What is ‘Lean Six Sigma’
Lean Six Sigma is a team-focused managerial approach that seeks to improve performance by eliminating waste and defects. It combines Six Sigma methods and tools and the lean manufacturing/lean enterprise philosophy, striving to eliminate waste of physical resources, time, effort and talent, while assuring quality in production and organizational processes. Simply put, under the tenets of Lean Six Sigma any use of resources that doesn’t create value for the end customer is considered a waste and should be eliminated.
Breaking Down ‘Lean Six Sigma’
Lean Six Sigma can see its origins in the United States in the 1980s as a combination of management principles and processes that originated in Japan. In an effort to compete with Japan’s better products, U.S. managers adopted some Japanese manufacturing principles that focused on reducing waste in the form of non value-adding actions. In the 1990s, such principles were adopted by large U.S. manufacturers. Lean Six Sigma was introduced by Michael George and Robert Lawrence Jr. in their 2002 book Lean Six Sigma: Combining Six Sigma with Lean Speed as a combination and refinement of lean enterprise and Six Sigma tenets.
Lean Six Sigma Tenets
The “lean” concept of management lends its focus on the reduction and elimination of eight kinds of waste known as “DOWNTIME,” which is an abbreviation of defects, overproduction, waiting, non-utilized talent, transportation, inventory, motion and extra-processing. “Lean” refers to any method, measure or tool that helps in the identification and elimination of waste.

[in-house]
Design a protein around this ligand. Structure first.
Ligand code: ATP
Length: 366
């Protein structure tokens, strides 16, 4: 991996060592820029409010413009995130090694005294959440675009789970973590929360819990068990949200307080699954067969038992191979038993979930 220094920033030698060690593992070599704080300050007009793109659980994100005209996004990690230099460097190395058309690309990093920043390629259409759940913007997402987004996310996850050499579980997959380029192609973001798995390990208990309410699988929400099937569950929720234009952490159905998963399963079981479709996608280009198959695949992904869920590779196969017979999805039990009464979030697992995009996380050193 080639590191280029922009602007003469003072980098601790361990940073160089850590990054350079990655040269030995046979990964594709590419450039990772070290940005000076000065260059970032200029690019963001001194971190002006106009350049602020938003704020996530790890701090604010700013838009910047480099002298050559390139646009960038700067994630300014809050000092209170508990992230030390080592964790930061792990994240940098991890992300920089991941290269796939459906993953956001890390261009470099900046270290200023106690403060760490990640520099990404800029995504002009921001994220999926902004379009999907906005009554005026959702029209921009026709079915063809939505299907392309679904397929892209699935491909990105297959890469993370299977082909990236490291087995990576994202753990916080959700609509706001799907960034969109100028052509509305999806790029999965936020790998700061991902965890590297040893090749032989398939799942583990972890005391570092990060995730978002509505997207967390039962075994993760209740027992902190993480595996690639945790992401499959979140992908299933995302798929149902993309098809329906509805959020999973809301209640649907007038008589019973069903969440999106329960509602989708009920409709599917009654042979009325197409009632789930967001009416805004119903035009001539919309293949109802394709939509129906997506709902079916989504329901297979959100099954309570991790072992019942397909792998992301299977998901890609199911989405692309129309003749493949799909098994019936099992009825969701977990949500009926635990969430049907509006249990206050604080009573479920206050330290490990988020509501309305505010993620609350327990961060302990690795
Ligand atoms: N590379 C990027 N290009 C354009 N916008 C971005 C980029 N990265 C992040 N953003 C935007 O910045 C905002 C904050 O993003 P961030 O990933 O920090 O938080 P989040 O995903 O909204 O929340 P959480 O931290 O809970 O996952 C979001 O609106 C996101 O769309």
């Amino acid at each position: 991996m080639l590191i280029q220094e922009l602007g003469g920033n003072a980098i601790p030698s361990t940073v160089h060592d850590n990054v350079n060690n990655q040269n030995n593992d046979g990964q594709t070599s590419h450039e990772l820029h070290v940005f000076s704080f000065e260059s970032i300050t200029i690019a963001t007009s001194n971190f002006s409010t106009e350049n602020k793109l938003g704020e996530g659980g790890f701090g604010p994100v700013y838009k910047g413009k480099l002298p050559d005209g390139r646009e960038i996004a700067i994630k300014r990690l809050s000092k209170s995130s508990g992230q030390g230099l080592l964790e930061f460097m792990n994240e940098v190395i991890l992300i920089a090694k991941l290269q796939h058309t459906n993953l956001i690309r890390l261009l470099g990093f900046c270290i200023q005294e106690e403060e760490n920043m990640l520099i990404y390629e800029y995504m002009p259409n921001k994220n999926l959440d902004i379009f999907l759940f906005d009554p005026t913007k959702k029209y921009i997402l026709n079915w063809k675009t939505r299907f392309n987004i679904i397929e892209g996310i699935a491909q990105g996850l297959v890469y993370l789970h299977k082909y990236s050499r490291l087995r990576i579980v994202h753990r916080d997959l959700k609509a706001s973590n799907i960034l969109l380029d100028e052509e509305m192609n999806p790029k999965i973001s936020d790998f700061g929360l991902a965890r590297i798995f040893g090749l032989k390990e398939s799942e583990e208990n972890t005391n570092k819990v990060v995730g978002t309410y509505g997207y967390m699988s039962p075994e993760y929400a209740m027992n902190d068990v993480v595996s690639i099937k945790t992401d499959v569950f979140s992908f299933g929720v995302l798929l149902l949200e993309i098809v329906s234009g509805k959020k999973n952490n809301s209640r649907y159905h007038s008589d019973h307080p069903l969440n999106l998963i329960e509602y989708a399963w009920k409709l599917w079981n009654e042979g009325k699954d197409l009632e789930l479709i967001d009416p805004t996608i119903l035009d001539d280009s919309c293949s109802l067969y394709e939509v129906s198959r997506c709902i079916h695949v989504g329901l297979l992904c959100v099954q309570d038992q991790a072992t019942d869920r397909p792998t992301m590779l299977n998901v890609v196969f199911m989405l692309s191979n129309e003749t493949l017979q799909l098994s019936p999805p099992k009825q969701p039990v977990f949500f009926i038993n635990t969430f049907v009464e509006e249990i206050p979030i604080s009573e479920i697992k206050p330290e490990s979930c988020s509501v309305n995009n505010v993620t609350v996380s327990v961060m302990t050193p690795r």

The term Six Sigma refers to tools and techniques that are used to improve manufacturing processes. It was introduced by an engineer at Motorola in 1986 and inspired by Japan’s Kaizen model. It was trademarked by the company in 1993. Its intent is to improve processes by identifying and eliminating the causes of defects and variations in business and manufacturing processes. Six Sigma’s DMAIC phases are utilized in Lean Six Sigma. The acronym stands for define, measure, analyze, improve and control and refers to a data-driven method for improving, optimizing and stabilizing business and manufacturing processes.
The combination of lean management concepts and Six Sigma’s tools and techniques makes clear what processes are prone to variation and then reduces those variations as a way to ensure continued improvement.
Lean Six Sigma Levels
Lean Six Sigma training uses “Belt” levels to denote expertise similar to Six Sigma.
- Yellow Belt: Awareness of Lean Six Sigma
- Green Belt: A focus on the use of tools and the application of DMAIC and lean principles
- Black Belt: Full-time project leader
- Master Black Belt: A Black Belt with a minimum of two years of experience. Able to teach Lean Six Sigma.